Please expand the sections below to see detailed course information, including course codes, credits, overviews, and syllabi.

Key Topics

  • Hip-hop as an African philosophy
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  • Decolonial approaches to education and literacy
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  • Urban cultures and sustainable development
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  • The pervasive nature of coloniality in Black communities globally
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  • Complexity of African-descended cultures and their pluriversality
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  • What shapes diasporic identities and communities outside of Africa

African Urban Hip-Hop, Diaspora, and Decolonial Futures

African Urban Hip-Hop, Diaspora, and Decolonial Futures – syllabus
3000 / 3 credits 

This course provides students with the intellectual toolkit necessary for critiquing the relationship between African creative expression and sociopolitical experiences that span transnational contexts. Through an experiential engagement with urban cultures that constantly engage the limits of coloniality, global capitalism, and local political realities, this course will particularly focus on the ways in which African urban hip-hop functions as decolonial pedagogical praxes and counter-hegemonic movements against cultural and economic imperialism in the global African diaspora, in general, and in the U.S. and Ghana in particular. We will explore how observed practices in host families, entertainment venues, places of worship, artist workshops, markets, political spheres, etc., expose the way discourses on “Africa” have participated in our own conceptions of, and relation with, the continent, and how engaging these discourses and practices, in light of our experiences, can prepare us to not only reconceptualize the pluriversality of the continent but also re-imagine African descended peoples’ futures in decolonial terms.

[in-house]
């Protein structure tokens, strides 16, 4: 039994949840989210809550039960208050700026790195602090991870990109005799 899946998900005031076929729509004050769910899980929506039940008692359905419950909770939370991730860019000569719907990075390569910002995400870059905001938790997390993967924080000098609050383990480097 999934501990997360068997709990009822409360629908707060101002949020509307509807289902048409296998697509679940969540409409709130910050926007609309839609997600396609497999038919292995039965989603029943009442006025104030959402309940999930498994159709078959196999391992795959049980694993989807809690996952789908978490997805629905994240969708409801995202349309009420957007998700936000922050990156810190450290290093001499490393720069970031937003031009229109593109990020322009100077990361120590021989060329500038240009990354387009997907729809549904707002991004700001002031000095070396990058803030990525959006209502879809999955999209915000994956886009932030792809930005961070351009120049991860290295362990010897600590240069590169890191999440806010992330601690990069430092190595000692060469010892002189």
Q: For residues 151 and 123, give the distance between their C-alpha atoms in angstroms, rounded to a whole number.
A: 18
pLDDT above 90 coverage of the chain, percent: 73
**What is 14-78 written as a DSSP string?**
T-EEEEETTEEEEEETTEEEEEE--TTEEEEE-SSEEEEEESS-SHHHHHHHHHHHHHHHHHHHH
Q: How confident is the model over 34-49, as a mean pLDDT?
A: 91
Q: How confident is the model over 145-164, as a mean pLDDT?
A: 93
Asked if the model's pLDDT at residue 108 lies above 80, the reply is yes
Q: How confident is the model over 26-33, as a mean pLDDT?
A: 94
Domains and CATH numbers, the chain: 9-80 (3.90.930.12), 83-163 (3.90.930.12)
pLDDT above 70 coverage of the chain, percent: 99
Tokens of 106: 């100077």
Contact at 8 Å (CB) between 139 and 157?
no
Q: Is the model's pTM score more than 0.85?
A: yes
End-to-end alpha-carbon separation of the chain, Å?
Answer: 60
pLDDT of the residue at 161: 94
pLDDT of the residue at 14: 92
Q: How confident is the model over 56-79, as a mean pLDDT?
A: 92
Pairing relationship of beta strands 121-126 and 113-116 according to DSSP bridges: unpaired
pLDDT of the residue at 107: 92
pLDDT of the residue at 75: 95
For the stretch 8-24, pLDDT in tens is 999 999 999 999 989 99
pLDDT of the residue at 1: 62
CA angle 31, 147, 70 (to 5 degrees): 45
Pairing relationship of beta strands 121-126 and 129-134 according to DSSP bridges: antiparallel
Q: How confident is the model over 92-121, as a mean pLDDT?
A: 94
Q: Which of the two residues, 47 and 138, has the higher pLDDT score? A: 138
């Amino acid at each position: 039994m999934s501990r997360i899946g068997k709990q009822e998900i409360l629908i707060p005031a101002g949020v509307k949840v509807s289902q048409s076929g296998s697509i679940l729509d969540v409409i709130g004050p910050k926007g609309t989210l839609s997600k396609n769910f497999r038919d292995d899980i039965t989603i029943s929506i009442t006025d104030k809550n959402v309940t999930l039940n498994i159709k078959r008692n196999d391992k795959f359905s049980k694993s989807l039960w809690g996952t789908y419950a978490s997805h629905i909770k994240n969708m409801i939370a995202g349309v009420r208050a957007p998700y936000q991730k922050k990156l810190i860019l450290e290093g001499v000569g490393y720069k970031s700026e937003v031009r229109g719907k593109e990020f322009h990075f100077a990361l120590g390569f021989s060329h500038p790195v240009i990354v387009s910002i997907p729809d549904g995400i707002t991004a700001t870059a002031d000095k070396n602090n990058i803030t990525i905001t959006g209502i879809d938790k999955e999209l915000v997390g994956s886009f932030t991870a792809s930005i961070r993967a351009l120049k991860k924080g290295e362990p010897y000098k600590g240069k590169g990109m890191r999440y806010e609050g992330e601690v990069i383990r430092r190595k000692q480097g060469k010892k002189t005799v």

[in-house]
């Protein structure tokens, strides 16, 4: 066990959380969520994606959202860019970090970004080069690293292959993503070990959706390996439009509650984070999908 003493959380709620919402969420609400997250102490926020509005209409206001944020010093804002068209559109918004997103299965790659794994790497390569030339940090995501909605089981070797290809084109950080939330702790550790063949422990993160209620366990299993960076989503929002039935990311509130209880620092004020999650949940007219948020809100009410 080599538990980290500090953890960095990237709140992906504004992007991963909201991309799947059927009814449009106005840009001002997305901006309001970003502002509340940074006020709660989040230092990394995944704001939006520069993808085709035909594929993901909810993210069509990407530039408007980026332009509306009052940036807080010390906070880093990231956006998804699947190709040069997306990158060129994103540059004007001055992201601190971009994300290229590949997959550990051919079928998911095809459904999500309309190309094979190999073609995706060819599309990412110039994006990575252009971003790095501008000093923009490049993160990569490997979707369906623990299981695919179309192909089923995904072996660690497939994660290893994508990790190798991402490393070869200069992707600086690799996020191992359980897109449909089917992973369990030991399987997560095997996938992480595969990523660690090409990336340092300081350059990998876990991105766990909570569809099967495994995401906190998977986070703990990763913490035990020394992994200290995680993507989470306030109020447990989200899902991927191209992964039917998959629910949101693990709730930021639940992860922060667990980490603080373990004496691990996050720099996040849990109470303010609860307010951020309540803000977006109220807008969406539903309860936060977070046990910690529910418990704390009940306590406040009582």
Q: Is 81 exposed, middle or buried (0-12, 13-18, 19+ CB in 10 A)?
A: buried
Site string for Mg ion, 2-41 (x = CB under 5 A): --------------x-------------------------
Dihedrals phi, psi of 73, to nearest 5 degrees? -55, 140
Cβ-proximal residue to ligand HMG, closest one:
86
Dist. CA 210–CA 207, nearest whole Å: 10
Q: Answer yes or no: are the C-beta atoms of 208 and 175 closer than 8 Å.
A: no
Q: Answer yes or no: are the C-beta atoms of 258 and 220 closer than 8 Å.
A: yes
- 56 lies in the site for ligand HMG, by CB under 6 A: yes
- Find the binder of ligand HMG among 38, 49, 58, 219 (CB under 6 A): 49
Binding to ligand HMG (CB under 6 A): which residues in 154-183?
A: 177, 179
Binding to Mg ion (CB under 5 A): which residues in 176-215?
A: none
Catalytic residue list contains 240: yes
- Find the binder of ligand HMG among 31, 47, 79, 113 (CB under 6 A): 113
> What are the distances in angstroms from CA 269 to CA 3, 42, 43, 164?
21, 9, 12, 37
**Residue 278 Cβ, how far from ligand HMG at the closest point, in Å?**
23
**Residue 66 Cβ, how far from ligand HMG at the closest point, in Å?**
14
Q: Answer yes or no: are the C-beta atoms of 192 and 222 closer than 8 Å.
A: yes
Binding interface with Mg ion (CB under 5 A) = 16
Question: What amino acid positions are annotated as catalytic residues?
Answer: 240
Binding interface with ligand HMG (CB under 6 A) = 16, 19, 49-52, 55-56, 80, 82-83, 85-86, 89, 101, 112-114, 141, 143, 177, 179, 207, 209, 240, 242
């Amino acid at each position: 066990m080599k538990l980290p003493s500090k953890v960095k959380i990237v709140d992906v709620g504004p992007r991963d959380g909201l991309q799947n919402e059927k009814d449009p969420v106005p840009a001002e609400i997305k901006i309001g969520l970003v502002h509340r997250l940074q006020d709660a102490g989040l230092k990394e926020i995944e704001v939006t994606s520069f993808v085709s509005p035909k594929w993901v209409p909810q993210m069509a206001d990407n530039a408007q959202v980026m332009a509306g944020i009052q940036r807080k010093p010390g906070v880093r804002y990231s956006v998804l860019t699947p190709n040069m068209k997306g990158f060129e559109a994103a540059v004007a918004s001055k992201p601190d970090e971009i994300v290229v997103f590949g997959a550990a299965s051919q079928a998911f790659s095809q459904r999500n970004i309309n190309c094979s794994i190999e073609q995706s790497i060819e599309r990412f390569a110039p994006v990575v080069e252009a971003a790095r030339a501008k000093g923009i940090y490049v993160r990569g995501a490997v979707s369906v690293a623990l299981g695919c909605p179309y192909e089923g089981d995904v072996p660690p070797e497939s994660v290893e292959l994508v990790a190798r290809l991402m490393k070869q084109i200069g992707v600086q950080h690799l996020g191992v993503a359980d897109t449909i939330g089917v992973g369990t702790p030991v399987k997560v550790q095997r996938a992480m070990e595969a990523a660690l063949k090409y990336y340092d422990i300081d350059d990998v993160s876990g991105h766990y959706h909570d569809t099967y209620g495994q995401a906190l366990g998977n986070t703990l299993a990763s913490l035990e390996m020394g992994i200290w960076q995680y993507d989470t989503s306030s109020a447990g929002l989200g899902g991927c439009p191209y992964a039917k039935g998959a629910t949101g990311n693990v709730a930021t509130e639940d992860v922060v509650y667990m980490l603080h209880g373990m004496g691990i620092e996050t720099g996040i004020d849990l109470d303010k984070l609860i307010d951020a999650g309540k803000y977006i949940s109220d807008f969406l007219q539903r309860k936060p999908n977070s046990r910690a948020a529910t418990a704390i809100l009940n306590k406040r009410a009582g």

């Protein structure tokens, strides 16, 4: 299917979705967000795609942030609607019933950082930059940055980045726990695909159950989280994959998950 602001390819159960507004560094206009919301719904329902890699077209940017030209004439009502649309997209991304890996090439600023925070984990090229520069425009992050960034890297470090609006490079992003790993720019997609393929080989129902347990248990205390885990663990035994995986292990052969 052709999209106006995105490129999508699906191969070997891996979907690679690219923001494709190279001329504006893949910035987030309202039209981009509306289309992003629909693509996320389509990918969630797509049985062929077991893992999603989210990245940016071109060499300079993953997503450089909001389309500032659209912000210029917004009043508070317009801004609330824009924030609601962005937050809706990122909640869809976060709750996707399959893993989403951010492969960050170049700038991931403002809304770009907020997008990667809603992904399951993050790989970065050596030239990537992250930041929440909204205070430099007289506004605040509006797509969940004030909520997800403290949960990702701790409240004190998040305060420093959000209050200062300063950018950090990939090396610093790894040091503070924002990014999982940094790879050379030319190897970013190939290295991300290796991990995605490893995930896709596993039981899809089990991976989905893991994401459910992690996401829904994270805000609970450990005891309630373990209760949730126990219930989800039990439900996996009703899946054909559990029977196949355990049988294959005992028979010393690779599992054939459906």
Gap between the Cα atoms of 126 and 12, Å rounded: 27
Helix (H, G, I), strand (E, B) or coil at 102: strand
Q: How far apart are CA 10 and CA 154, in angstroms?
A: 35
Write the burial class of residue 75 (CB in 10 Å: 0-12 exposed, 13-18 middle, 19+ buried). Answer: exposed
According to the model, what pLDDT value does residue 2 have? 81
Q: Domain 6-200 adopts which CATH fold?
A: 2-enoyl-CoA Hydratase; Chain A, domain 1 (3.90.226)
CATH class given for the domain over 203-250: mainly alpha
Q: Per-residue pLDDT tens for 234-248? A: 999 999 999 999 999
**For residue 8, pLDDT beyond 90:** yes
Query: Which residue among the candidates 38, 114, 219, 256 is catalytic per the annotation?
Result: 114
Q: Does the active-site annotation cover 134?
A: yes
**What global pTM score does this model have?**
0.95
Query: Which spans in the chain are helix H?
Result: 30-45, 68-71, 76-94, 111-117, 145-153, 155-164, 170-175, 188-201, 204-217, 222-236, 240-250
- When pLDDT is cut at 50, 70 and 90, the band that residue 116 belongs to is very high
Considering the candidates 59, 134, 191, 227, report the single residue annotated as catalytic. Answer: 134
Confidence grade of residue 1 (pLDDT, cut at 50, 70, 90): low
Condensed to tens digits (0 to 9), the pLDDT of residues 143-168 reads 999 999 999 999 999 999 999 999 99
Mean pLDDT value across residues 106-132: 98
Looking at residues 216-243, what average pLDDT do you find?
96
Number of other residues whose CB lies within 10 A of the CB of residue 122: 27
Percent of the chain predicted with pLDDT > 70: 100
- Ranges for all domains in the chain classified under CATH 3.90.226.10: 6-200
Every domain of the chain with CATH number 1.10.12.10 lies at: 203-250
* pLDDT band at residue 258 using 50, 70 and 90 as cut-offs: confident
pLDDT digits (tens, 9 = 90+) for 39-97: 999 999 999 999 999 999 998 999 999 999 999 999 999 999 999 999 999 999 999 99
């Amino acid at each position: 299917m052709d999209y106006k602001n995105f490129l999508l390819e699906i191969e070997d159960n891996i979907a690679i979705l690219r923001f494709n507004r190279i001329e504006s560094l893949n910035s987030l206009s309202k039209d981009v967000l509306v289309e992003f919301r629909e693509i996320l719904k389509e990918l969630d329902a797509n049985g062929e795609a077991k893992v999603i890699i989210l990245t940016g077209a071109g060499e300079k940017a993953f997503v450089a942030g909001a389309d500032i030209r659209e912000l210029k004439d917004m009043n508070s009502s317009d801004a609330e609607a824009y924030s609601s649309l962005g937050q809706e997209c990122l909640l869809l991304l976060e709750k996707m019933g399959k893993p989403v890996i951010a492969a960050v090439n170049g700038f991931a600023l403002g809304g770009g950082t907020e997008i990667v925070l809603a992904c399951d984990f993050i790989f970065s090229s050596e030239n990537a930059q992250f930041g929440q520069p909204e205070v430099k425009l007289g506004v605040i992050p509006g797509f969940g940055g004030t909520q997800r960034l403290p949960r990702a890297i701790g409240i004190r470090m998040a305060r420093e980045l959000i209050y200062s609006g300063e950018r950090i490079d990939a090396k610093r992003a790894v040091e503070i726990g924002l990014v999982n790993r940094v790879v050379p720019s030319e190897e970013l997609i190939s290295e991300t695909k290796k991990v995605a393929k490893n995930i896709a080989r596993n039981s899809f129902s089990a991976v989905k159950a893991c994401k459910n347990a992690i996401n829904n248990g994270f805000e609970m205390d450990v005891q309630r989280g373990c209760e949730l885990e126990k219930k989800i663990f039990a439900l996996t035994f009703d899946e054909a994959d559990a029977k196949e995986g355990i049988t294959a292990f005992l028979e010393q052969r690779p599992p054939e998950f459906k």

Hip-Hop, Resilience, and Black Struggles Research Project

Hip-Hop, Resilience, and Black Struggles Research Project – syllabus
AFRS3500 / 3 credits

The Hip-hop, Resilience, and Black StruggleResearch Project provides room for students to undertake a research-based project that extends a concept or idea formed and developed throughout the course of the program. The idea will be connected to creative expression in any context of the student’s choice and will involve working on a set of research questions that revolve around a research objective. This objective will in turn be informed by an issue that connects with the evolution of a music genre, connections between different types of creative expression, an artistic concern, or a thematic issue. 



You will live with a host family in Accra and experience the daily flow of life. Your homestay is a powerful immersive learning experience during which you will explore dynamics such as family structure, gender roles, food customs, household chores, concepts of space and belonging, and education of children. You will have a front-row seat to celebrations and other events. You will gain confidence practicing Asante-Twi with your host family and, through the connection of language, get to know your host family on a deeper level. 

Your homestay family will live in the West Legon, North Legon, Madina, or Adenta residential areas, typically within 30-minutes walking distance to the SIT program center in the bustling Accra suburb of North Legon, also known as Haatso. The area, strategically located near a number of universities, has become a hub for middle-class families.  


During excursions, students will stay in hostels, guesthouses, and modest hotels. 

Faculty & Staff

Ghana: Hip-Hop, Resilience & Black Struggle

Kwabena Opoku-Agyemang, PhD bio link
Kwabena Opoku-Agyemang, PhD
Academic Director
Thelma Ohene-Agyei, PhD bio link
Thelma Ohene-Agyei, PhD
Academic/Homestay Coordinator
Kwasi Amankwah Bonsu bio link
Kwasi Amankwah Bonsu
Program Coordinator
Esther Priscilla Dominic bio link
Esther Priscilla Dominic
Office Manager
Reginald Acheisu Boateng bio link
Reginald Acheisu Boateng
Security Officer and Program Assistant

Discover the Possibilities

  • Cost & Scholarships

    SIT Study Abroad is committed to making international education accessible to all students. Scholarship awards generally range from $500 to $5,000 for semester programs and $500 to $3,000 for summer programs. This year, SIT will award nearly 1 million in scholarships and grants to SIT Study Abroad students.